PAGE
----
About This Book:
Voices under the Sun: English-Language Writings by Australian and Other Authors with Chinese Ancestry examines the construction and representation of "Chineseness" and different types of "Chinese" cultural identity by authors with Chinese ancestry in Australia and other parts of the world. These writings are either directly produced in English, or originally written in Chinese but later translated into English.
Australia's authors with Chinese ancestry occupy an unusual position within both Australian and Chinese literary arenas. On the one hand, there is a visible difference between these authors and their counterparts with European ancestry, in terms of their representations of "Chineseness" and different types of "Chinese" cultural identity in writing. On the other hand, although writings produced by these Australia-based authors with Chinese ancestry share many commonalities with those produced by their counterparts in other parts of the world, it is in the sense that these authors speak of Australian issues that their works may be considered as a part of Australian literature.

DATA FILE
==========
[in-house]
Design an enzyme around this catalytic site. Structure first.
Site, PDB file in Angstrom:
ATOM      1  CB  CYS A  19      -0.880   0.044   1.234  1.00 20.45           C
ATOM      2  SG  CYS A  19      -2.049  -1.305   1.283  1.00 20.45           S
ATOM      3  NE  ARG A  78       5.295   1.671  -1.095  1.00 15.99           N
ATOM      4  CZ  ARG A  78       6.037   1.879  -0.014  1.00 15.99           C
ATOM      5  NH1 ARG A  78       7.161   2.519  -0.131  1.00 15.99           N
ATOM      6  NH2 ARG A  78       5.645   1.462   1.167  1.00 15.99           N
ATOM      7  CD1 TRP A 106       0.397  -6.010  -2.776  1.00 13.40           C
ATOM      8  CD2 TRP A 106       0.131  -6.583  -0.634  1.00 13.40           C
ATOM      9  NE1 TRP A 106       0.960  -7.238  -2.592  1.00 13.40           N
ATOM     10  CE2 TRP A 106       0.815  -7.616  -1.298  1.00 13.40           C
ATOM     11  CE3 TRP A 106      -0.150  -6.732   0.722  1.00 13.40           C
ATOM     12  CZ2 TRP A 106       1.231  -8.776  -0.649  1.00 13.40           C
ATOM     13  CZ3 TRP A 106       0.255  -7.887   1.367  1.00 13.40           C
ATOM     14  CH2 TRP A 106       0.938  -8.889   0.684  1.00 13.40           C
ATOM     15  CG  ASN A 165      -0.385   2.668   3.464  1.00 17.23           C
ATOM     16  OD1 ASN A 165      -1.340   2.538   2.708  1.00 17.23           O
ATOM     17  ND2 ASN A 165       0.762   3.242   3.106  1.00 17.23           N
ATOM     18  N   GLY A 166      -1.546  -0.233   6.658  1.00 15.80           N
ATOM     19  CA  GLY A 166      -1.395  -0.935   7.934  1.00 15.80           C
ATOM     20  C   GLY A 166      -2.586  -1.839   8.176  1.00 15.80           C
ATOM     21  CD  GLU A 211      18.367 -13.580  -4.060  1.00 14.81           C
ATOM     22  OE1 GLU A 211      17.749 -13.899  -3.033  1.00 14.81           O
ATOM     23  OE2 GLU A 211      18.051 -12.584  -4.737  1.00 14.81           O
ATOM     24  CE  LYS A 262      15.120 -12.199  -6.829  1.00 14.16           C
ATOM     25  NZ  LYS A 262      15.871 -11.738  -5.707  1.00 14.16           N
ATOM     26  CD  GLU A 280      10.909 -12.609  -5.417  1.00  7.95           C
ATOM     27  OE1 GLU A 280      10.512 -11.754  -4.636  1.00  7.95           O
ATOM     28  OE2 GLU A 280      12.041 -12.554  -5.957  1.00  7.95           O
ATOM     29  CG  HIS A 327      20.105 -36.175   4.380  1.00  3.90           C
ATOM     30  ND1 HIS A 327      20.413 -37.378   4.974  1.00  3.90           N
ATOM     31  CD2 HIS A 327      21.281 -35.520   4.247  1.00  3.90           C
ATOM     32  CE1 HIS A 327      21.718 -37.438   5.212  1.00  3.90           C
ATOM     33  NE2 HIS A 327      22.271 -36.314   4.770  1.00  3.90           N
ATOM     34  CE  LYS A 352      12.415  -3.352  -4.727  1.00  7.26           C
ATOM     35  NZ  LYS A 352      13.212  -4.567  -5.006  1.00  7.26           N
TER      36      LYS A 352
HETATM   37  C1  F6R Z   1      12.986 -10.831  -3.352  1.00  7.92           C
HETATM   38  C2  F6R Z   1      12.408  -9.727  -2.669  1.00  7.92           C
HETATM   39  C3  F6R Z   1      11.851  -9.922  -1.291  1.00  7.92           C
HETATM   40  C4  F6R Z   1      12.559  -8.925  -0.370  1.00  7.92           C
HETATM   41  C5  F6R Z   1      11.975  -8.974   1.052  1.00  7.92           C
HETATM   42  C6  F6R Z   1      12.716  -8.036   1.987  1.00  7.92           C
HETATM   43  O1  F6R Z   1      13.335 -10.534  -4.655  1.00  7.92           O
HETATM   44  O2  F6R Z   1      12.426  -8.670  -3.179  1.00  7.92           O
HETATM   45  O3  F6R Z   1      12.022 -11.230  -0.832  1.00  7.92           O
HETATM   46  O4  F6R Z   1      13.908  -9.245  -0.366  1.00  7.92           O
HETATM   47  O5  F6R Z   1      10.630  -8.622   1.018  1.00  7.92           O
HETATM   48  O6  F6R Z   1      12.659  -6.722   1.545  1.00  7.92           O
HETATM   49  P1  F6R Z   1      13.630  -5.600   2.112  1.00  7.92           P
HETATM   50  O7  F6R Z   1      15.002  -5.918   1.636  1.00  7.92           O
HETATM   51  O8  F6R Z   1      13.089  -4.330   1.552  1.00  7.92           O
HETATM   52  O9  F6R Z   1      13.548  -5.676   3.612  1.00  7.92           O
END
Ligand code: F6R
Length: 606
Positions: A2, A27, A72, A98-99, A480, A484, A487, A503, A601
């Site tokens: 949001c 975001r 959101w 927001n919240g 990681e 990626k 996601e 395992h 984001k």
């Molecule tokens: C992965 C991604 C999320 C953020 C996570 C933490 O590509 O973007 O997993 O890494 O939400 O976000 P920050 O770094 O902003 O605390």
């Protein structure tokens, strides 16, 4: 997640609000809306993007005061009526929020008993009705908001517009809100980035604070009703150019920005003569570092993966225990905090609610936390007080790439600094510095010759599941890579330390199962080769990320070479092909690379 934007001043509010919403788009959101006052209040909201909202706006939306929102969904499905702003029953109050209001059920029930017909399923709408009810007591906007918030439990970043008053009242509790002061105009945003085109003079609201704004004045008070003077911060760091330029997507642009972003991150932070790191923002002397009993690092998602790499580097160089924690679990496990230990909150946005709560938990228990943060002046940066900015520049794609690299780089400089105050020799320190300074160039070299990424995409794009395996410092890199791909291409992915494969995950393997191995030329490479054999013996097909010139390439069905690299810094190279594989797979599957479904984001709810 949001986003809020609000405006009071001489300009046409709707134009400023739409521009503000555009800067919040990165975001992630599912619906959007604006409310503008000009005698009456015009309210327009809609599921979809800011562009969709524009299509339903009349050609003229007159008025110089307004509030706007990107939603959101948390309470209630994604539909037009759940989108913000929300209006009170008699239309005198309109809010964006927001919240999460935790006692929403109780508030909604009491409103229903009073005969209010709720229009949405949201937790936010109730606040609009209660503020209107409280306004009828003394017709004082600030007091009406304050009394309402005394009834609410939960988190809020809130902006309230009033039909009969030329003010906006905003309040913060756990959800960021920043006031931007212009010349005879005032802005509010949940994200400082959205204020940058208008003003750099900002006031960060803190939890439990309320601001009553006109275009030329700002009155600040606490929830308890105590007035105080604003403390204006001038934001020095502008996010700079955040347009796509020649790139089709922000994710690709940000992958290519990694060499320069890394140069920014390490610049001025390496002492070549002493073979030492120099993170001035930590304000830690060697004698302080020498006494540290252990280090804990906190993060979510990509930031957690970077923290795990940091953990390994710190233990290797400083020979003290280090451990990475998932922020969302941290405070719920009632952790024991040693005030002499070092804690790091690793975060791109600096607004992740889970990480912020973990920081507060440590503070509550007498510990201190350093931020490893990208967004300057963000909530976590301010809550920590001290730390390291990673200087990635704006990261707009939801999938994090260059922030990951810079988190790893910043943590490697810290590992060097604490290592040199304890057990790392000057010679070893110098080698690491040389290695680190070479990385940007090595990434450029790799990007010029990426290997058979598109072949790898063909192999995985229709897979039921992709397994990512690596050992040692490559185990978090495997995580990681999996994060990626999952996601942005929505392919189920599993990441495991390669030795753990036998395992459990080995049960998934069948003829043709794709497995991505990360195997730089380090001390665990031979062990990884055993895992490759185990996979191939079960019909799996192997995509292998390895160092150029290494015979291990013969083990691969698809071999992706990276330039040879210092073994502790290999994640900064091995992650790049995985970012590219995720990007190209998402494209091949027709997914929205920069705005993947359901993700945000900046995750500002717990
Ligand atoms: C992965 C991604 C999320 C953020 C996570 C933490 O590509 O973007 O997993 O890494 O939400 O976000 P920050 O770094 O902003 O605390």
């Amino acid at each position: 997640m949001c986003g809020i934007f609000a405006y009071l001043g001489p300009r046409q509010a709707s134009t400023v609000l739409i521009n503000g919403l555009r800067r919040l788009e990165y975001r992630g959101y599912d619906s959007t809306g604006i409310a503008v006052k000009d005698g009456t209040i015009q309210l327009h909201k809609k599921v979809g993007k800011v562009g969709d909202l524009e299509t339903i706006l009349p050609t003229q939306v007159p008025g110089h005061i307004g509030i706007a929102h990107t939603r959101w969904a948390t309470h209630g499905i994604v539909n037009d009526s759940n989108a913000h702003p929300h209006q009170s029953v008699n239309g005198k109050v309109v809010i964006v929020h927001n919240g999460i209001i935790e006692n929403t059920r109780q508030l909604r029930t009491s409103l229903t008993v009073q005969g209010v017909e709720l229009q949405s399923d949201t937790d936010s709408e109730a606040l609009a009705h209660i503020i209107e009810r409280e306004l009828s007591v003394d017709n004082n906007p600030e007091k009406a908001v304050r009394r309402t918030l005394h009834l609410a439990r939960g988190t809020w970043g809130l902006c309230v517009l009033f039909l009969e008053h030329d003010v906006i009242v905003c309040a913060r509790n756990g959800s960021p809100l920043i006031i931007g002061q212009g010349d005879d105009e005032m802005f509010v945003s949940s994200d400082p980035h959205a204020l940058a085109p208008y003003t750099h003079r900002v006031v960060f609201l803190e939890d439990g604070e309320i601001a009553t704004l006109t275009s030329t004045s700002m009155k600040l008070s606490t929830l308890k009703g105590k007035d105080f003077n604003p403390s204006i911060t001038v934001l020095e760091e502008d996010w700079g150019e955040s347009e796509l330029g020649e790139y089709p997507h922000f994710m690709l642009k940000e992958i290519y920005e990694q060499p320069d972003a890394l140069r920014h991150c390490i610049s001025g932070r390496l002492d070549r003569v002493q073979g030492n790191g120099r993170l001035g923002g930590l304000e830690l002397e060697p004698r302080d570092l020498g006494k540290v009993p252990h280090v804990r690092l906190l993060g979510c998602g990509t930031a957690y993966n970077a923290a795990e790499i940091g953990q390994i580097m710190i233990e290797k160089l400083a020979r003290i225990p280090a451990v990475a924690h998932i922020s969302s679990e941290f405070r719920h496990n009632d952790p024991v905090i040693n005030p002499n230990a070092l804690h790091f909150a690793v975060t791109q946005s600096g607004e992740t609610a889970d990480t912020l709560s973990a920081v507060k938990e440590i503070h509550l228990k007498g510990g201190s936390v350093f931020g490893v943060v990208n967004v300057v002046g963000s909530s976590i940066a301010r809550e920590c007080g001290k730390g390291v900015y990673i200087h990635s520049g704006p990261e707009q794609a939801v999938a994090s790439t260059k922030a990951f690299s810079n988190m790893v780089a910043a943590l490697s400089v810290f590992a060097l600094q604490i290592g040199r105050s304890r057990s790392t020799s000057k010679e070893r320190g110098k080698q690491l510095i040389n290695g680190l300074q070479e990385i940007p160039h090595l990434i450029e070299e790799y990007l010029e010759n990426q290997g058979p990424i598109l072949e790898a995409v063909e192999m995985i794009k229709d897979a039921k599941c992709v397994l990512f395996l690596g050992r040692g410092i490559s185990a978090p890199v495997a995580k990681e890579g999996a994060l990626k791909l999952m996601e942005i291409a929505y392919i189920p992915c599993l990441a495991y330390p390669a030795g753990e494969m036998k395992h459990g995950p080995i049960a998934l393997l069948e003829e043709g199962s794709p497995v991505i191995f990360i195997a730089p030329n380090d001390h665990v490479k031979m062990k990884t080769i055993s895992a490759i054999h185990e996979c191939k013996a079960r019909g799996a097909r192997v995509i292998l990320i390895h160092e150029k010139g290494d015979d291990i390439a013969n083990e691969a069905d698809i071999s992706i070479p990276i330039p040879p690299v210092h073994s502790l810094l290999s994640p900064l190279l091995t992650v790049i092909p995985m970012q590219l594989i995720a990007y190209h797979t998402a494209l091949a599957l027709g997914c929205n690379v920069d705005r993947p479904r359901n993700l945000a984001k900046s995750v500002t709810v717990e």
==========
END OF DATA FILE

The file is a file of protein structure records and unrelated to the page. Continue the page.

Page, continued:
Because cultural identity is flexible and ever-changing in nature, constructed on the needs of individuals to react to the demands of their political, economic, societal and cultural circumstances, we need to ask an important question: Can we safely identify these Australia-based authors as "Chinese" writers because of their Chinese ethnic background? Can a
theoretical framework be proposed accordingly, in which the "Chineseness" represented in their writings may be analyzed adequately?
In an attempt to answer this question, Voices under the Sun situates and examines the English-language writings produced by Australia's authors with Chinese ancestry not only within the larger body of Australian literature, but also within that of international diasporic Chinese literature. Writings of a wide range of Australian writers with Chinese ancestry -- including Brian Castro, Beth Yahp, Hsu-Ming Teo, Lillian Ng, Ang Chin Geok, Arlene J. Chai, Jane Hutcheon, Fang Xiangshu, Ding Xiaoqi, Sang Ye, Ouyang Yu and Julie T. Hsia -- are compared to those of their counterparts based in other multicultural societies, such as Ting-Xing Ye, Xinran, Adeline Yen Mah, Jan Wong, Iris Chang and Denise Chong. Important academic and other studies of Australian and diasporic Chinese literatures are also investigated and critiqued.
Voices under the Sun is among the first academic works that explore the nature and significance of English-language writings produced by Australia's authors with Chinese ancestry. Its conceptualization of "Chineseness" as a subjective construction of meaning, one way to reflect on individual desires to meet the demands of their daily survival, is refreshing. Different types of "Chinese" cultural identity are therefore in need of being viewed as flexible points of reference that challenge conventional approaches to identifying Australian and other authors with Chinese ancestry.